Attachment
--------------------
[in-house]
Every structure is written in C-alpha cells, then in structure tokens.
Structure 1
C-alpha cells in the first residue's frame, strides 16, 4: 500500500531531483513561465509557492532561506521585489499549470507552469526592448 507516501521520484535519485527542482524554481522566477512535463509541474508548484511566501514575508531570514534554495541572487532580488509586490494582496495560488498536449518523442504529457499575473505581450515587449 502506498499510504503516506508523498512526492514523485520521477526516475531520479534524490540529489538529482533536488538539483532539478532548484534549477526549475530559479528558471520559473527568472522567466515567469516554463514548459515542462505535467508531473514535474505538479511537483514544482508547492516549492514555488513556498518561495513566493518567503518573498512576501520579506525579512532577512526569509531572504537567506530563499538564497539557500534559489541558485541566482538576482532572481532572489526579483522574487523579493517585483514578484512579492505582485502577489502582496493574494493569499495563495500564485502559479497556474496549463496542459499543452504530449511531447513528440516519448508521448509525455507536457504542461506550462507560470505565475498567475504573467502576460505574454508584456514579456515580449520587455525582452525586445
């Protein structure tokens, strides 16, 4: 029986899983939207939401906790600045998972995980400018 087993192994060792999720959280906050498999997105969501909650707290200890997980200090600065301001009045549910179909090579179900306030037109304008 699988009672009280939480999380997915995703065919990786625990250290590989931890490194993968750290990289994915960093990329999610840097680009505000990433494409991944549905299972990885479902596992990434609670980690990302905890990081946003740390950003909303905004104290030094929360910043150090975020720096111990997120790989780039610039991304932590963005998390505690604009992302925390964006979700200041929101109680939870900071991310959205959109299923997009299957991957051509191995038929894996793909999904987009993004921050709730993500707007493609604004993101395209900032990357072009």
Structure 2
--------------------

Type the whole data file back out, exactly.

[in-house]
Every structure is written in C-alpha cells, then in structure tokens.
Structure 1
C-alpha cells in the first residue's frame, strides 16, 4: 500500500531531483513561465509557492532561506521585489499549470507552469526592448 507516501521520484535519485527542482524554481522566477512535463509541474508548484511566501514575508531570514534554495541572487532580488509586490494582496495560488498536449518523442504529457499575473505581450515587449 502506498499510504503516506508523498512526492514523485520521477526516475531520479534524490540529489538529482533536488538539483532539478532548484534549477526549475530559479528558471520559473527568472522567466515567469516554463514548459515542462505535467508531473514535474505538479511537483514544482508547492516549492514555488513556498518561495513566493518567503518573498512576501520579506525579512532577512526569509531572504537567506530563499538564497539557500534559489541558485541566482538576482532572481532572489526579483522574487523579493517585483514578484512579492505582485502577489502582496493574494493569499495563495500564485502559479497556474496549463496542459499543452504530449511531447513528440516519448508521448509525455507536457504542461506550462507560470505565475498567475504573467502576460505574454508584456514579456515580449520587455525582452525586445
């Protein structure tokens, strides 16, 4: 029986899983939207939401906790600045998972995980400018 087993192994060792999720959280906050498999997105969501909650707290200890997980200090600065301001009045549910179909090579179900306030037109304008 699988009672009280939480999380997915995703065919990786625990250290590989931890490194993968750290990289994915960093990329999610840097680009505000990433494409991944549905299972990885479902596992990434609670980690990302905890990081946003740390950003909303905004104290030094929360910043150090975020720096111990997120790989780039610039991304932590963005998390505690604009992302925390964006979700200041929101109680939870900071991310959205959109299923997009299957991957051509191995038929894996793909999904987009993004921050709730993500707007493609604004993101395209900032990357072009």
Structure 2